Earlier this month the Dutch Ministry of Security and Justice here in The Hague released a report about driving violations in the Netherlands. The report stated that during the four month period May-August (2013), a total of 3,423,794 traffic/driving violations were recorded. The violations ranged from parking violations and not wearing a seatbelt to running a red light and speeding. This was up 5.2% from the number of violations recorded a year ago.
Having read The Undutchables, and already being aware that Dutch driving skills are a bit…lacking, I still found this report a bit alarming consider there are only about 8.6 million autos in the Netherlands. That means over this 4-month period, 40% of car owners were cited for a vehicle operation infraction. Yes 40%! True, you could argue that there may have been circumstances where the same driver had multiple citations. But even if you over-compensated that possibility, and reduced the percentage of car owners cited down to say 35%, it still means over one third of Dutch drivers didn’t follow the rules for properly operating a motor vehicle in Holland during that period.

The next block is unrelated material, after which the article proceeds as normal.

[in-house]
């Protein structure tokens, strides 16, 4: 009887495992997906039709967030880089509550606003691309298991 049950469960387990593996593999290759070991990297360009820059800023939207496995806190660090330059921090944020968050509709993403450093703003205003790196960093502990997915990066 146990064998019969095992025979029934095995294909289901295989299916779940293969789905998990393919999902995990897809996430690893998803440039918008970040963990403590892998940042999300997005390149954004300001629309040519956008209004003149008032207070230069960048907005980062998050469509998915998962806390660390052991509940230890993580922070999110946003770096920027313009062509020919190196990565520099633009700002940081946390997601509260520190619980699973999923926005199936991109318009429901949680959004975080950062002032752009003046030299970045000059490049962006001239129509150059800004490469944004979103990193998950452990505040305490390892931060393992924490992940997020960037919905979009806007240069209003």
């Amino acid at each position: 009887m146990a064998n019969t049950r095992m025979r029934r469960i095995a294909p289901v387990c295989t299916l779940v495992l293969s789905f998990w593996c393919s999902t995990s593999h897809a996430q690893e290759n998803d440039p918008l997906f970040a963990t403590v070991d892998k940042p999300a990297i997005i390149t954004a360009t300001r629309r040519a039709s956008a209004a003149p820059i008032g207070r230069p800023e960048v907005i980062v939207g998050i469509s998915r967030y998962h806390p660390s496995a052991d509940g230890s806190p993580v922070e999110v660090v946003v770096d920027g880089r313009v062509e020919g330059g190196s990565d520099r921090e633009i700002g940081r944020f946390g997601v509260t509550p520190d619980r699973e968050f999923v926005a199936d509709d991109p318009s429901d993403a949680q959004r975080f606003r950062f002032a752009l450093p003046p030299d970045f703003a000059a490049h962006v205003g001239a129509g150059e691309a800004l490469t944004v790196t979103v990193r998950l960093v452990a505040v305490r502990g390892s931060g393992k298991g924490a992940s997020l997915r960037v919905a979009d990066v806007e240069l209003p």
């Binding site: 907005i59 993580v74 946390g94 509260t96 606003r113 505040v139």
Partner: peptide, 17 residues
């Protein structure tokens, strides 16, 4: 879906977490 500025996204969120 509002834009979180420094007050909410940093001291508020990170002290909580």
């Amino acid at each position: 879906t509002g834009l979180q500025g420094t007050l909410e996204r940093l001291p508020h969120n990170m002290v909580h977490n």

Over the course of a year, that translates into more driving violations being written than the total number of cars owned in the Netherlands.
This report, however, was not released to make a point about poor driving skills in the Netherlands. Its purpose was to announce that violations recorded by new digital traffic enforcement cameras would be handled (starting in November) by the Central Judicial Collection Agency, instead of the police department. This action will help lighten the load of the Politie. [Side Note: One might infer the extra time the police will have may be put to good use by writing even more tickets, but that’s hypothesizing.]
Back on point, is anyone else out there disturbed by the high number of traffic citations issued? What it has made clearer to me is the bond that exist between the Dutch and their bikes. Because, let’s face it, with so many drivers violating the rules of the road, it is safe to sxay their driving skills are for the [Anouk] birds!
Should you choose to share the roads with Dutch drivers, check out the many car dealerships in South Holland listed in the Directory where you can find both new and used vehicles.
If you would like to acquire a Dutch driver’s license, and cannot exchange your foreign license, you may need to take lessons at an approved driving school in order to qualify to take the Dutch driving license exam here in the Netherlands.